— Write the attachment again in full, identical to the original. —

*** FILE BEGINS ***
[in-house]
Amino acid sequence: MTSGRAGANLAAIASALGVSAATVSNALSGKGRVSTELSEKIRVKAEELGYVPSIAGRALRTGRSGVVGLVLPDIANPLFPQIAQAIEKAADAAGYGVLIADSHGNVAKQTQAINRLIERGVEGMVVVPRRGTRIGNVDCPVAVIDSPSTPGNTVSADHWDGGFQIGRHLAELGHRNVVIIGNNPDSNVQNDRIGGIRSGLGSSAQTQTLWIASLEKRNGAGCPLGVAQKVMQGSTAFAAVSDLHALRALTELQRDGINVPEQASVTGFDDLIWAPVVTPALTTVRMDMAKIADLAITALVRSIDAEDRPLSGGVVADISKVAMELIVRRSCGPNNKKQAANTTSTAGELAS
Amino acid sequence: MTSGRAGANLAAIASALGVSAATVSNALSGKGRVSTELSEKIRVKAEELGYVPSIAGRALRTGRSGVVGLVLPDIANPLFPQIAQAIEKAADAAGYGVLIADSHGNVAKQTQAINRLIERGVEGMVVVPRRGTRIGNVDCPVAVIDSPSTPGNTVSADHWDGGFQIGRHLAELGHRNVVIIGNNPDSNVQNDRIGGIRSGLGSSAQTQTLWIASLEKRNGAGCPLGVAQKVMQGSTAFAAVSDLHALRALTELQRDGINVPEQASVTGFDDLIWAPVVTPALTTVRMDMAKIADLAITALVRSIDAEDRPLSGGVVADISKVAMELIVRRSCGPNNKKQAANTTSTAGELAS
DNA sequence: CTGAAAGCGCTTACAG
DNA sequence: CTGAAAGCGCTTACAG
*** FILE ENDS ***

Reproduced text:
[in-house]
Amino acid sequence: MTSGRAGANLAAIASALGVSAATVSNALSGKGRVSTELSEKIRVKAEELGYVPSIAGRALRTGRSGVVGLVLPDIANPLFPQIAQAIEKAADAAGYGVLIADSHGNVAKQTQAINRLIERGVEGMVVVPRRGTRIGNVDCPVAVIDSPSTPGNTVSADHWDGGFQIGRHLAELGHRNVVIIGNNPDSNVQNDRIGGIRSGLGSSAQTQTLWIASLEKRNGAGCPLGVAQKVMQGSTAFAAVSDLHALRALTELQRDGINVPEQASVTGFDDLIWAPVVTPALTTVRMDMAKIADLAITALVRSIDAEDRPLSGGVVADISKVAMELIVRRSCGPNNKKQAANTTSTAGELAS
Amino acid sequence: MTSGRAGANLAAIASALGVSAATVSNALSGKGRVSTELSEKIRVKAEELGYVPSIAGRALRTGRSGVVGLVLPDIANPLFPQIAQAIEKAADAAGYGVLIADSHGNVAKQTQAINRLIERGVEGMVVVPRRGTRIGNVDCPVAVIDSPSTPGNTVSADHWDGGFQIGRHLAELGHRNVVIIGNNPDSNVQNDRIGGIRSGLGSSAQTQTLWIASLEKRNGAGCPLGVAQKVMQGSTAFAAVSDLHALRALTELQRDGINVPEQASVTGFDDLIWAPVVTPALTTVRMDMAKIADLAITALVRSIDAEDRPLSGGVVADISKVAMELIVRRSCGPNNKKQAANTTSTAGELAS
DNA sequence: CTGAAAGCGCTTACAG
DNA sequence: CTGAAAGCGCTTACAG